s a college freshman, I marched alongside millions of Americans on Feb. 15, 2003 in protest against the impending U.S.-led invasion of Iraq. I still remember the neon orange poster on which I had stenciled "Stop the War on Iraq" in black ink. Never did I imagine that, halfway through my dual-degree graduate program, almost four years after the largest coordinated antiwar demonstration in human history, I would still be stenciling the same slogan on neon orange posters.
In many ways, the war turned out even worse than many predicted. The war is criminal in its violation of the Geneva Conventions and has resulted in a catastrophic loss of life-3,300 coalition troops and over 655,000 of our Iraqi brothers and sisters. The war has also served as a cheap pretense for a broad assault on our civil liberties, including the violation of habeas corpus, condoning of torture, and rampant racism against Arabs and Muslims. Most disturbingly, the war has given into self-defeating pathologies of hatred and, according to a declaration from 16 U.S. intelligence agencies, has made the world less safe and less free.
As I ponder the Iraq war, I search for ways to speak for the Iraqis whose country is being laid waste, whose families are being mutilated, whose culture is being sabotaged. As I search for ways to speak for those who too often go unheard in the media while this senseless war rages on, I remember the words of Martin Luther King Jr. in a Vietnam antiwar address he delivered at Riverside Church on Apr. 4, 1967: "We must speak with all the humility that is appropriate to our limited vision, but we must speak."
Next week, many of us who are sick of the suffering inflicted in our names plan to "speak" by participating in a nationwide strike. As an organizing member of the Columbia Coalition Against the War, I invite the entire Columbia community, including students, faculty, staff, and the administration, to join us in publicly and actively opposing the unjust war in Iraq.
We, the coalition, call upon the people of this country-especially our generation-to shoulder the responsibility of bringing an immediate end to this war. We strongly encourage the students of Columbia to walk out of classes in opposition to this war. We call on the faculty and administration to set aside business as usual, join our strike, and sign our petition, available at www.gopetition.com/online/11069.html.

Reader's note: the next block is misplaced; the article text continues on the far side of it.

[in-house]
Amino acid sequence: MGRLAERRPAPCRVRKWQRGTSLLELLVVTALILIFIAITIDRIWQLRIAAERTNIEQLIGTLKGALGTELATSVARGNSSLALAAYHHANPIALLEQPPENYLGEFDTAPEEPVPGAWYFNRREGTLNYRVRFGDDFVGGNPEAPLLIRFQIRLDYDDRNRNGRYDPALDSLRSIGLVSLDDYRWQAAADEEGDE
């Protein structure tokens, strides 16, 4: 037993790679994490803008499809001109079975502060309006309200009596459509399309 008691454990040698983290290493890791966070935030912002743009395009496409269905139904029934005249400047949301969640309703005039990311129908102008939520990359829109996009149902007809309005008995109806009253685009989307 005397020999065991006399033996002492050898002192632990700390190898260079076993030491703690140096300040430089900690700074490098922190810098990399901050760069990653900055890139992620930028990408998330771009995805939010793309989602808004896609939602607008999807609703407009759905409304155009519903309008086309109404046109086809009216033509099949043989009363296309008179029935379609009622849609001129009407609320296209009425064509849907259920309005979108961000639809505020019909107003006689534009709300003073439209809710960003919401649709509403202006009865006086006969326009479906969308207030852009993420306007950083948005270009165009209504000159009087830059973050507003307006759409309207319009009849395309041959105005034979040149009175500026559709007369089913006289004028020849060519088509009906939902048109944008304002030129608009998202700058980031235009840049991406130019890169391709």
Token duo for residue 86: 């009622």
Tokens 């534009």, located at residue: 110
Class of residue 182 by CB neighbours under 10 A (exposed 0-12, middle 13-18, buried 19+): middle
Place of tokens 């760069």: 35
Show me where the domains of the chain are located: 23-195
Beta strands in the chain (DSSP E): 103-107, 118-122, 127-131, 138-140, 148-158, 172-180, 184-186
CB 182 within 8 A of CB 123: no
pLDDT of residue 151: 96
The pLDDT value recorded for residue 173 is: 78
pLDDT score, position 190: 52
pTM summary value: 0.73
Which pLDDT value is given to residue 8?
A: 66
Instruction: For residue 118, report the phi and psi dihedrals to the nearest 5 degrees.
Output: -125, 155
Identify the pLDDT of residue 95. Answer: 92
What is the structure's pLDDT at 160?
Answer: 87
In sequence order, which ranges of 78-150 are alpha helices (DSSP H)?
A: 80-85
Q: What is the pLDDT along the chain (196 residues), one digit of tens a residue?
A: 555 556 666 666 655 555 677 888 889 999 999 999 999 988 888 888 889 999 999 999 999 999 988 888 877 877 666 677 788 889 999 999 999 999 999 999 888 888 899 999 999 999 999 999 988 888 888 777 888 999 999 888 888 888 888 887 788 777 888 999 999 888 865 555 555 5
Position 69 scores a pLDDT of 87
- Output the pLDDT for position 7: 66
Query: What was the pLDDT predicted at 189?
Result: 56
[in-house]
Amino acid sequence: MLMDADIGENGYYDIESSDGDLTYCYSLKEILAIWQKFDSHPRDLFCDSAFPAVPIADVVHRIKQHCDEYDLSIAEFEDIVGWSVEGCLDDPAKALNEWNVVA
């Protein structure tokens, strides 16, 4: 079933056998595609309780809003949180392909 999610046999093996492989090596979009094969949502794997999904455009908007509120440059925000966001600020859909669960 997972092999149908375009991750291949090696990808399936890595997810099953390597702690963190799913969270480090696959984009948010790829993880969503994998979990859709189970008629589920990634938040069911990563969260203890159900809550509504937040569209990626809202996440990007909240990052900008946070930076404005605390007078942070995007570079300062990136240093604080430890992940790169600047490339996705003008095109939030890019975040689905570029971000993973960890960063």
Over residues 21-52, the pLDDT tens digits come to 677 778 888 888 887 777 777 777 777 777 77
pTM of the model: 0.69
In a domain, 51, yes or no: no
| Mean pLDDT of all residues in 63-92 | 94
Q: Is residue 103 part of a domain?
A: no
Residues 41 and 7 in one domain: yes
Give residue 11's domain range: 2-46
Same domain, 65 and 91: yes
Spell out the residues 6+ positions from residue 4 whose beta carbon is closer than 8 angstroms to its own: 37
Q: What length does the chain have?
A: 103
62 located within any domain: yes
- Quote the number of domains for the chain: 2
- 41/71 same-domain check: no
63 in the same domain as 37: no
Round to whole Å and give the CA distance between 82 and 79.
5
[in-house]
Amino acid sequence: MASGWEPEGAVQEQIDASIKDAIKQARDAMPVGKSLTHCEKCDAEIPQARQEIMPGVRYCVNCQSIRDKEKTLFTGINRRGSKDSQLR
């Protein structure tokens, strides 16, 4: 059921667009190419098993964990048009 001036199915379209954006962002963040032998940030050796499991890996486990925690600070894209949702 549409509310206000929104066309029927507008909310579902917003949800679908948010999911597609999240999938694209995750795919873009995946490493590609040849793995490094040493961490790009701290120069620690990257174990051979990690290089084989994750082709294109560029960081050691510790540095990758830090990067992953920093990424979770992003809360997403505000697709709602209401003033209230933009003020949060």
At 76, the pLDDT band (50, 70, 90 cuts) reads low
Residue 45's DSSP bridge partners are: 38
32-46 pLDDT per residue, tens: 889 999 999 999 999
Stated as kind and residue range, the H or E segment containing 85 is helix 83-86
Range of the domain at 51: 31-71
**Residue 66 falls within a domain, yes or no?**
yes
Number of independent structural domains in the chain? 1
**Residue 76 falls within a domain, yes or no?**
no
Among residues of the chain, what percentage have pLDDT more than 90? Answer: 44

Columbia, as a global University, has a responsibility to take a proactive stance against this illegal war. By investing in corporations crucial to the war effort, our University has aligned its financial future with America's protracted occupation of Iraq.
We therefore call on the administration to divest from these corporations for the duration of the war to hasten the war's end.
We unite on the upcoming anniversary to "rekindle the flame of protest that flared up all over the world on that date four years ago," historian Howard Zinn noted in his support for a nationwide strike. Our protest and teach-in on Feb. 15 is only the beginning. We aim for this to be the rebirth of a strong and diverse antiwar movement on Columbia's campus and on campuses around the world.
We will work to build support in our schools and our communities for resistance to the war. We will give voice to the majority of Americans who have expressed their strong opposition to the war. We will show the leaders in Congress that we, the people, are the true "deciders."
If you are still uncertain about helping end the war, consider the eerily accurate words of Martin Luther King Jr. in his speech against the Vietnam War: "Even when pressed by the demands of inner truth, men do not easily assume the task of opposing their government's policy, especially in time of war. Nor does the human spirit move without great difficulty against all the apathy of conformist thought within one's own bosom and in the surrounding world. Moreover, when the issues at hand seem as perplexing as they often do in the case of this dreadful conflict, we are always on the verge of being mesmerized by uncertainty. But we must move on ... move beyond the prophesying of smooth patriotism to the high grounds of a firm dissent based upon the mandates of conscience and the reading of history."